Published: October 21, 2022
Last Updated: October 25, 2022
One of the benefits of being a boutique Canadian tax law firm is being able to have a very different Reception Area. One corner is occupied by GAAR-field, our tax office’s reptile. The other well-known Garfield, of course, is the orange, smart-aleck cartoon cat who loves to fall face-first into every lasagna he meets.
Our GAAR-field is a 5-year-old male Bearded Dragon. His name is an “inside tax joke” and refers to the General Anti-Avoidance Rule (GAAR) of Canada’s Income Tax Act.
The General Anti-Avoidance Rule (GAAR) was added to Canada’s Income Tax Act in 1988. Its purpose is to be an all-encompassing rule that prevents abusive tax avoidance transactions while not interfering with legitimate commercial and family transactions. The GAAR was intended to strike a balance between taxpayers’ need for certainty in planning their affairs and the government’s responsibility to protect the tax base and the fairness of the tax system.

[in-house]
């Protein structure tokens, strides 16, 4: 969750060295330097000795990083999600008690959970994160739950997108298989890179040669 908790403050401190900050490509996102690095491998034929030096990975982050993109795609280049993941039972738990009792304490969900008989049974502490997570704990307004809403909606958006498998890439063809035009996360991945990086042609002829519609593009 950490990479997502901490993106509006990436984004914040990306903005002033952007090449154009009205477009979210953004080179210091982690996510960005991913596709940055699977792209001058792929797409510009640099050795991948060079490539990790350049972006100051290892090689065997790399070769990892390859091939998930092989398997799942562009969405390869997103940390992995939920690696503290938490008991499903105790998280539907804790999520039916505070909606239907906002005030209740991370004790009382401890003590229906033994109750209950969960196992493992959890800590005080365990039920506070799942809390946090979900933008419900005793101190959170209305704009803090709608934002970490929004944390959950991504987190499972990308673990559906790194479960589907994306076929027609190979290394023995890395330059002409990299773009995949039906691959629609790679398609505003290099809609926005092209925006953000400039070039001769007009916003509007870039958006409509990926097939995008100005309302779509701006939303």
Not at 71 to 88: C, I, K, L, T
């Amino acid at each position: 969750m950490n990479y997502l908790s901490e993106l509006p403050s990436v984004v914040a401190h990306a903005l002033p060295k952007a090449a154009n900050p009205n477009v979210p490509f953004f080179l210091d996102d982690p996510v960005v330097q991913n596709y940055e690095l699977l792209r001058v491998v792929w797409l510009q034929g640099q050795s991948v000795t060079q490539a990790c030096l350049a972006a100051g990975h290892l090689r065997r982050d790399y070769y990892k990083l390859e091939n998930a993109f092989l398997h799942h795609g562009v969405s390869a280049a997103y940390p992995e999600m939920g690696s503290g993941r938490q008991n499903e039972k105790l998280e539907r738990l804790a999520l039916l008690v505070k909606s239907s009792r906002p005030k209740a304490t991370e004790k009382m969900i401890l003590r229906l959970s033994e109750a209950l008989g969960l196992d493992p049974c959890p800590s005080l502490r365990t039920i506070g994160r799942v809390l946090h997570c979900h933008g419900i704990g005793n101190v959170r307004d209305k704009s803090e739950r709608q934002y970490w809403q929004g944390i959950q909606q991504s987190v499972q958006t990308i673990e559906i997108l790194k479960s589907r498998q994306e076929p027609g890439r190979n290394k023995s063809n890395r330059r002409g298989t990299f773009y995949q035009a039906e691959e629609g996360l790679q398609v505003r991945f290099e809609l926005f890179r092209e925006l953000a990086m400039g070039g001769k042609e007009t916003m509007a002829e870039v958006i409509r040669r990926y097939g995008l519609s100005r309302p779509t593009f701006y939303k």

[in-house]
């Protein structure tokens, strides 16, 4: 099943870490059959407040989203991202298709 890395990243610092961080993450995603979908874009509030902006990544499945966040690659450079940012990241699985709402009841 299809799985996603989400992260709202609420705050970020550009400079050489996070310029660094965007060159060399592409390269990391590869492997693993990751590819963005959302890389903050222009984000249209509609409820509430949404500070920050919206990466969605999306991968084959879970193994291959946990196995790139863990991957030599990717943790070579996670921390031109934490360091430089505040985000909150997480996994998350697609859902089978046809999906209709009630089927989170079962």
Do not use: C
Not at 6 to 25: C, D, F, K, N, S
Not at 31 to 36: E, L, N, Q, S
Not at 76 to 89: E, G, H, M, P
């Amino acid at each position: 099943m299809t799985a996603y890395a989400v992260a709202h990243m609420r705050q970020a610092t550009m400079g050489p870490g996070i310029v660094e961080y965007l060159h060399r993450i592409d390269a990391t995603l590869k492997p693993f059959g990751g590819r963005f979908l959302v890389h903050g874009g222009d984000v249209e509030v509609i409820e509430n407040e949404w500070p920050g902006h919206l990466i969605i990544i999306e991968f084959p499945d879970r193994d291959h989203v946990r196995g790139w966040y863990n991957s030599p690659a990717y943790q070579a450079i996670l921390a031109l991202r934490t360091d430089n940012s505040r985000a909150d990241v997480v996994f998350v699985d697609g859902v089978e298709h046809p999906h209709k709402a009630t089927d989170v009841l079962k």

So, what types of things does GAAR-field “avoid”: office work, government bureaucracy, family obligations, crafts and hobbies, computers, laundry, vacuuming, mowing the lawn, and all other household chores. That leaves: eating, basking under his heat lamp, and sleep, including frequent naps. GAAR-field is on permanent vacation!
And you didn’t think that our Canadian tax lawyers have a sense of humour?
The habitat of the Bearded Dragon is the dry grasslands of Australia. Our GAAR-field comes from a breeder in the U.S. He also enjoys the occasional snuggles, warm baths, and literally “hanging out” with the office staff with the help of his very large claws. He believes that this is a fair deal in exchange for his company.
He eats a diet of super worms and different greens along with his calcium supplement. He’s very friendly and always a joy to watch. Say “hello” to GAAR-field.
"This article provides information of a general nature only. It is only current at the posting date. It is not updated and it may no longer be current. It does not provide legal advice nor can it or should it be relied upon. All tax situations are specific to their facts and will differ from the situations in the articles. If you have specific legal questions you should consult a lawyer."